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A mind experiment about speed and time

  1. Oct 8, 2011 #1
    According to Einstein's theory, the fastest speed in this world is the speed of light. lets break this role for a sec.

    so here is the experiment:
    imagine a sphere moves infinitely quick relative to us. as quick as if its omnipresent, it seems appearing at every position at each time.
    now, this sphere is doing a rotation. its rotating around and its follows an orbit. when we touch it, no mater where we touch we can touch the sphere, which means to us, it is actually still! It becomes a donut-shaped still object to us, the observer.
    now let us walk around this still object . the question is, how fast we walk relative to the donut to recognize it is actually a moving sphere?

    http://www.freeimagehosting.net/t/612a4.jpg
     
  2. jcsd
  3. Oct 11, 2011 #2
    I can see what you're saying here. But, think of it this way. You can go at superluminal speeds if you have a negative net force of gravity acting on you, which'd mean that the space-time continuum is curved upward instead of downward. But this would almost certainly mean that the object should have a negative mass. Though, this could be argued. But how could an object have a negative mass? I have no clue, unless it does. It's like the beginning of the universe, it just happened. Well, at least that's how I understand it. We know for a fact that we don't know everything about the universe yet. M-Theory is like a puzzle. The edges are easy to find, but it's hard to work from the inside out. There's just a gap between the inside and the edges that makes it so we can't, as of yet, finish the puzzle. So, let's see what happens when we put negative masses, energy, and gravity into that gap...
     
  4. Oct 15, 2011 #3
    If the sphere is traveling infinitely fast relative to us then we will never be able to see the sphere as a sphere because we will never be able to travel as fast as the sphere. Atleast this is my thought on it, good thought expirement though! :)
     
  5. Oct 17, 2011 #4
    We already have something similar. We call it HUP, now you might point out that as we can choose a observable, neither of those properties are 'really' impossible to define, but in a measurement one of them will be. And although it doesn't speak about a 'speed' it still becomes impossible to define, which I like even better than the idea of 'motion' :)

    It's quite foggy down there.
     
  6. Oct 17, 2011 #5
    This has nothing to do with Einstein's theory. You don't need to go faster than light in order to give an impression of a continuum. For example, a standard rate for movies is 16 frames per second, which is very, very slow in comparison with the speed of light, and yet it's good enough to fool us into seeing a continuum instead of a series of 16 still frames. Based on this, I'd guess that you can make your sphere move at this speed (or about) and it should give you an impression that it is a donut.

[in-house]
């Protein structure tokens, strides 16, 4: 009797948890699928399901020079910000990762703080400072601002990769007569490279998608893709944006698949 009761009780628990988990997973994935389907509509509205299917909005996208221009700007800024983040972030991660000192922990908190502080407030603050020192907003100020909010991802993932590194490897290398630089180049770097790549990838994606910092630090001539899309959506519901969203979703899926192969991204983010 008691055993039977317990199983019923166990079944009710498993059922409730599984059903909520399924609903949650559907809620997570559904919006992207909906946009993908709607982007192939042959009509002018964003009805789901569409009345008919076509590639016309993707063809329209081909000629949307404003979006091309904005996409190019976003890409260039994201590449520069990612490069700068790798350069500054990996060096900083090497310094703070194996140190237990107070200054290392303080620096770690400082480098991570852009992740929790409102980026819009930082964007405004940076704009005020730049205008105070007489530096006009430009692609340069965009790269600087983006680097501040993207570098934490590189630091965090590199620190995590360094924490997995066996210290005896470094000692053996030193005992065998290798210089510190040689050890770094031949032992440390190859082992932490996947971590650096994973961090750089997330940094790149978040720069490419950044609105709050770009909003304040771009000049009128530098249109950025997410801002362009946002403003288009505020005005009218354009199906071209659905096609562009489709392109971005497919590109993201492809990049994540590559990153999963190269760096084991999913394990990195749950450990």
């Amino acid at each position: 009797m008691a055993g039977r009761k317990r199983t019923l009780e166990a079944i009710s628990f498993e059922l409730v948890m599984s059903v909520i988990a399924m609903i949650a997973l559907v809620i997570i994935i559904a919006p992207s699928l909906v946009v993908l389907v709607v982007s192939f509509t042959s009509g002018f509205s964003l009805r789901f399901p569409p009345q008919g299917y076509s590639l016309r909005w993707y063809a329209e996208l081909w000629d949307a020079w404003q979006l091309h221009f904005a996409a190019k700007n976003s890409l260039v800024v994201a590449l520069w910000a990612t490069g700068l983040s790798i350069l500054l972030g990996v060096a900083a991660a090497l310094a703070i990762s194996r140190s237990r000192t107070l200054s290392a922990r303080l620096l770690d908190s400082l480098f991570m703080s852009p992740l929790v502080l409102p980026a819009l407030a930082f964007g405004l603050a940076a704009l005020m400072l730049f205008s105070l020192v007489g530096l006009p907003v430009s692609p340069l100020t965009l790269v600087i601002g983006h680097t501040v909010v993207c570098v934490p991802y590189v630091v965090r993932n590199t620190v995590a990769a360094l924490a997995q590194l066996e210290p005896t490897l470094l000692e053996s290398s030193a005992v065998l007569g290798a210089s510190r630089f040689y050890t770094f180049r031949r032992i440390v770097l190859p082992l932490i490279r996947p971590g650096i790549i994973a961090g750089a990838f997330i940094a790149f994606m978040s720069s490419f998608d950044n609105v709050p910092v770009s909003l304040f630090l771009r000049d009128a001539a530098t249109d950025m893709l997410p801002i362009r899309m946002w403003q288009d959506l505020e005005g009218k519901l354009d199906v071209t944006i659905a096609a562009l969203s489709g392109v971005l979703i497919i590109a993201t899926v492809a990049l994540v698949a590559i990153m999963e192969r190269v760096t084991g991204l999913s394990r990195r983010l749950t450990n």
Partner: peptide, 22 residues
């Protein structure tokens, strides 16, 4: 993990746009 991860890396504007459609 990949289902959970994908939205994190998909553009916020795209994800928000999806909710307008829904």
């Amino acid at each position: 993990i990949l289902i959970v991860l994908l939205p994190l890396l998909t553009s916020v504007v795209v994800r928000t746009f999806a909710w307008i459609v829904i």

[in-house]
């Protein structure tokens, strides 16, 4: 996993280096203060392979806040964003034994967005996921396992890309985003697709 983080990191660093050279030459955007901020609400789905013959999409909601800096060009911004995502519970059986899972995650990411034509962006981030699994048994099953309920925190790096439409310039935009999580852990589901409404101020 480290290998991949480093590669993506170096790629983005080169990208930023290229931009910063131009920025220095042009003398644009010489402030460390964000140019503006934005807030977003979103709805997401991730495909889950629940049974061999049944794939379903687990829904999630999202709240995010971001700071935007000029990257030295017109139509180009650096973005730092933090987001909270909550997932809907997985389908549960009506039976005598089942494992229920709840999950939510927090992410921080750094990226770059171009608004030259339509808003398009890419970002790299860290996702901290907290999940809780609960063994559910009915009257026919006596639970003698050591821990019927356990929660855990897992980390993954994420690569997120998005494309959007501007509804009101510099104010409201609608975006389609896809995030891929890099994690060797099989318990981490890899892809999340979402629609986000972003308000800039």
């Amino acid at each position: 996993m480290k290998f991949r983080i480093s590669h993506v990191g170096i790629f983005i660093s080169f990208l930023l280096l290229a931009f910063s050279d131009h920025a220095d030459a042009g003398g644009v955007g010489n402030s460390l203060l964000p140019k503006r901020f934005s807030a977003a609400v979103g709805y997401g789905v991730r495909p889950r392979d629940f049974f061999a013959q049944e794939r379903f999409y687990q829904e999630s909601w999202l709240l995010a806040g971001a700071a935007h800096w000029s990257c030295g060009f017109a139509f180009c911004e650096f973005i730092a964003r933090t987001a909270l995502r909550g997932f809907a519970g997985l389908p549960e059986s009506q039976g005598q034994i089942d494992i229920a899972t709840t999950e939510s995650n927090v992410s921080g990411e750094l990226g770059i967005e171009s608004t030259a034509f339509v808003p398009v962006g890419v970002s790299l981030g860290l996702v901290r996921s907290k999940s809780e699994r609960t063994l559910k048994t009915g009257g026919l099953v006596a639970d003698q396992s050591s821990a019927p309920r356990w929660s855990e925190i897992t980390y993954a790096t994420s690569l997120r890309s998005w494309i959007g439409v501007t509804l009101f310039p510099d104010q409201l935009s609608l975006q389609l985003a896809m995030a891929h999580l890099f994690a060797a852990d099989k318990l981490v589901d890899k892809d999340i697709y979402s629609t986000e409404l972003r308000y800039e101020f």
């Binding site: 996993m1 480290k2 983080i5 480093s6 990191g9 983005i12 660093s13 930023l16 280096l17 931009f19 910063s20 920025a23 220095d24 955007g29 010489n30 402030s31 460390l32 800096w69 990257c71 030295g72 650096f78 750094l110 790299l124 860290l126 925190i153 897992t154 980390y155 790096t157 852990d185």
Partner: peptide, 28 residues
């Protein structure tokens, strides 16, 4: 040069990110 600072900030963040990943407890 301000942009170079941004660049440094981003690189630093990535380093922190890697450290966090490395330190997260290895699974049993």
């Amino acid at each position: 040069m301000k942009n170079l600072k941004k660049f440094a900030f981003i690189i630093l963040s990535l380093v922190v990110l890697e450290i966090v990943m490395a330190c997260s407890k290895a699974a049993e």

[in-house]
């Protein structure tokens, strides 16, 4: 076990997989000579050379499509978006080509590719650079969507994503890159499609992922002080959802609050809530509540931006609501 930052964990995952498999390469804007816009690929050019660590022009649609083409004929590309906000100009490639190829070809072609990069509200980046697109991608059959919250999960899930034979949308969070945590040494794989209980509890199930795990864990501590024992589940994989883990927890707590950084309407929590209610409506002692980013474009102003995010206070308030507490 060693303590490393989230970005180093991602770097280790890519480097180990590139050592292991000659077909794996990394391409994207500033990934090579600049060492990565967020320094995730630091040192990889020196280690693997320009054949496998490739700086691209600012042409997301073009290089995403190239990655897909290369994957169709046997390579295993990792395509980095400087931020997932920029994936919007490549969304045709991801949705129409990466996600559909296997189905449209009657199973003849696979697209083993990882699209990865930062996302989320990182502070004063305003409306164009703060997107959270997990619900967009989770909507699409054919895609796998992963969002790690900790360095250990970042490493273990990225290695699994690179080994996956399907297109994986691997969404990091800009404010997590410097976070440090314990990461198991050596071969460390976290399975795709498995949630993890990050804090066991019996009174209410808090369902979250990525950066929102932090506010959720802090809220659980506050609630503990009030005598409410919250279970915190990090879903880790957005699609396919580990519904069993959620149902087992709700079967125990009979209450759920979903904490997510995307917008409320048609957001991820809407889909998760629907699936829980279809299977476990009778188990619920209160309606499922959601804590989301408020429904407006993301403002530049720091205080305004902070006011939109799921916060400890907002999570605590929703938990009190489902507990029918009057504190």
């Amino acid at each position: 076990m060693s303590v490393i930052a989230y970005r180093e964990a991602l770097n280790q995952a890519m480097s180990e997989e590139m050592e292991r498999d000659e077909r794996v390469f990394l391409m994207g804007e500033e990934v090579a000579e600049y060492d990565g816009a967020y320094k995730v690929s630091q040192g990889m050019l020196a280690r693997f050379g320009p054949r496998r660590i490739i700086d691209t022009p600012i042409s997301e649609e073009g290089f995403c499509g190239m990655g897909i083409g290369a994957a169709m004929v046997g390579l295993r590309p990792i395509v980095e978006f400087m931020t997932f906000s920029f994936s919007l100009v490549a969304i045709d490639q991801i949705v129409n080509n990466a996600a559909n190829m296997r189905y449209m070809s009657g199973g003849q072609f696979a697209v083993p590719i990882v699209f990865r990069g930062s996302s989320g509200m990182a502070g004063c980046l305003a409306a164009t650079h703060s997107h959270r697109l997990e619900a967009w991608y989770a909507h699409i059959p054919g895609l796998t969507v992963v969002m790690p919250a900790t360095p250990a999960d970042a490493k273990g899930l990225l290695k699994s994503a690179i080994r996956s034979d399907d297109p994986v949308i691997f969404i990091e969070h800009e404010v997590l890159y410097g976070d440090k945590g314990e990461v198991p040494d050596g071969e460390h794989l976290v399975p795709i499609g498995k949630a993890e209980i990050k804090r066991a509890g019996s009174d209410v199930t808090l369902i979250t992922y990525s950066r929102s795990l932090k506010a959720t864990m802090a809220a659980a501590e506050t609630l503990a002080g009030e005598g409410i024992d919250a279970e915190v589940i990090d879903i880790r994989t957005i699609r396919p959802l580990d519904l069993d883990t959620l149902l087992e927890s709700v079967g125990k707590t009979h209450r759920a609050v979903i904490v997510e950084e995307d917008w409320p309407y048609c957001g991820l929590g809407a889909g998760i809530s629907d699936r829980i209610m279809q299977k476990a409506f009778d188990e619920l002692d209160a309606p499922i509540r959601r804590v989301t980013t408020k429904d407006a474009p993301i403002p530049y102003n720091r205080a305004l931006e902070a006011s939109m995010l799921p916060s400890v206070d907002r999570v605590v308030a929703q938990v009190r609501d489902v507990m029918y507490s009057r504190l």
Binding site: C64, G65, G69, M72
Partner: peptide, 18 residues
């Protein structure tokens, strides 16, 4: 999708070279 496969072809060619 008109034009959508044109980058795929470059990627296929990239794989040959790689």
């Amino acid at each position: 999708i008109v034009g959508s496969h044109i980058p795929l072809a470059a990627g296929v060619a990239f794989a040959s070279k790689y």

So, to answer your question, how fast we have to walk to recognize that it is a sphere, take the speed of your sphere (it can be anything = S > F) and compare it to the speed necessary to fool us (that's the key = F), which, based on movie speed I'd guess at 16m/s, and get the difference: x = S - F = S - 16m/s
     
  7. Oct 21, 2011 #6
    You'd have to change pretty much all the laws of physics to answer this question... we cannot be made of atoms with particles and have strong, weak, electromagnetic and gravitational force. So in this imaginary universe, what are your alternatives? Is matter basically continuous with no empty space? What are the forces in this imaginary universe?
     
  8. Oct 21, 2011 #7
    It’s hard to imagine since it’s impossible. But OK. Wouldn’t it generate a huge electromagnetic field disturbance that would heat up everything around it to the point of exploding? Besides, I don’t think you’d be able to touch it. Instead, I think your finger would disappear. It would also generate an infinite amount of centrifugal force. So those are 3 clues that it’s not a donut. I don’t think you can ever tell it’s a sphere.
     
  9. Oct 21, 2011 #8
    I would think that you would have to move infinitely fast around it before you could notice it's infinite velocity, to answer the question. Any other speed would just be infinitely slower than the sphere, leaving it unoticed.
     
  10. Oct 21, 2011 #9
    Just to set things straight, standard frame rate for movies is 24 fps, not 16. And how did you come up with 16 m/s? It is even more nonsensical than OP's question.
     
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